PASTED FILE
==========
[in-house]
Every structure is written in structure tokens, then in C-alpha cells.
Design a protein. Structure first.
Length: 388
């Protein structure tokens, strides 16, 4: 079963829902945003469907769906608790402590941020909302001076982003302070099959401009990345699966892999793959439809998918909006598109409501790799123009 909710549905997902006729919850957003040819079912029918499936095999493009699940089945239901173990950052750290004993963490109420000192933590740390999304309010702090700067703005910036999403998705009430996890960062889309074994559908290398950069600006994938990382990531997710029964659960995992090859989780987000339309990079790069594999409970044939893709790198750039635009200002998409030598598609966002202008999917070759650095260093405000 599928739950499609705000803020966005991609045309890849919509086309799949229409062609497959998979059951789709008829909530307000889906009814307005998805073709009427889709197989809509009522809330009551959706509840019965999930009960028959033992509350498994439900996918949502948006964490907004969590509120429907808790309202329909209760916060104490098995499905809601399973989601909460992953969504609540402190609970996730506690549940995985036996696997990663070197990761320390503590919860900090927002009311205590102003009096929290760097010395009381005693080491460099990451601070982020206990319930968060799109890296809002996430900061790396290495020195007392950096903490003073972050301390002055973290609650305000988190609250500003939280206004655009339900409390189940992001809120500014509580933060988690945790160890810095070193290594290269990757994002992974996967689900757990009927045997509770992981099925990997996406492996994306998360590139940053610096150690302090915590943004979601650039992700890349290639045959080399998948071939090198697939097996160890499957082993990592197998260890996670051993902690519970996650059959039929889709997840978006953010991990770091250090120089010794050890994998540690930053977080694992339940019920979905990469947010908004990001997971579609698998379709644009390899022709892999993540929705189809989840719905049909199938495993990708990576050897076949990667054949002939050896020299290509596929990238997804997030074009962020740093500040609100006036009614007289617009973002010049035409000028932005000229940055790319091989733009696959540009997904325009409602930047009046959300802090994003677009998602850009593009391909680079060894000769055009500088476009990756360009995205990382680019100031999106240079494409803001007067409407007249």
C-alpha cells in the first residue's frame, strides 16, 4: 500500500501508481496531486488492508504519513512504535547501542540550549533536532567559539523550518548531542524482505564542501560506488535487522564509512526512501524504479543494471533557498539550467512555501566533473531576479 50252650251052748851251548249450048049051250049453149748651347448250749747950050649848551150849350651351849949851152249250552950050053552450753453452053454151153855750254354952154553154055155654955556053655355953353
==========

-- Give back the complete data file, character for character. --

[in-house]
Every structure is written in structure tokens, then in C-alpha cells.
Design a protein. Structure first.
Length: 388
């Protein structure tokens, strides 16, 4: 079963829902945003469907769906608790402590941020909302001076982003302070099959401009990345699966892999793959439809998918909006598109409501790799123009 909710549905997902006729919850957003040819079912029918499936095999493009699940089945239901173990950052750290004993963490109420000192933590740390999304309010702090700067703005910036999403998705009430996890960062889309074994559908290398950069600006994938990382990531997710029964659960995992090859989780987000339309990079790069594999409970044939893709790198750039635009200002998409030598598609966002202008999917070759650095260093405000 599928739950499609705000803020966005991609045309890849919509086309799949229409062609497959998979059951789709008829909530307000889906009814307005998805073709009427889709197989809509009522809330009551959706509840019965999930009960028959033992509350498994439900996918949502948006964490907004969590509120429907808790309202329909209760916060104490098995499905809601399973989601909460992953969504609540402190609970996730506690549940995985036996696997990663070197990761320390503590919860900090927002009311205590102003009096929290760097010395009381005693080491460099990451601070982020206990319930968060799109890296809002996430900061790396290495020195007392950096903490003073972050301390002055973290609650305000988190609250500003939280206004655009339900409390189940992001809120500014509580933060988690945790160890810095070193290594290269990757994002992974996967689900757990009927045997509770992981099925990997996406492996994306998360590139940053610096150690302090915590943004979601650039992700890349290639045959080399998948071939090198697939097996160890499957082993990592197998260890996670051993902690519970996650059959039929889709997840978006953010991990770091250090120089010794050890994998540690930053977080694992339940019920979905990469947010908004990001997971579609698998379709644009390899022709892999993540929705189809989840719905049909199938495993990708990576050897076949990667054949002939050896020299290509596929990238997804997030074009962020740093500040609100006036009614007289617009973002010049035409000028932005000229940055790319091989733009696959540009997904325009409602930047009046959300802090994003677009998602850009593009391909680079060894000769055009500088476009990756360009995205990382680019100031999106240079494409803001007067409407007249």
C-alpha cells in the first residue's frame, strides 16, 4: 500500500501508481496531486488492508504519513512504535547501542540550549533536532567559539523550518548531542524482505564542501560506488535487522564509512526512501524504479543494471533557498539550467512555501566533473531576479 50252650251052748851251548249450048049051250049453149748651347448250749747950050649848551150849350651351849949851152249250552950050053552450753453452053454151153855750254354952154553154055155654955556053655355953353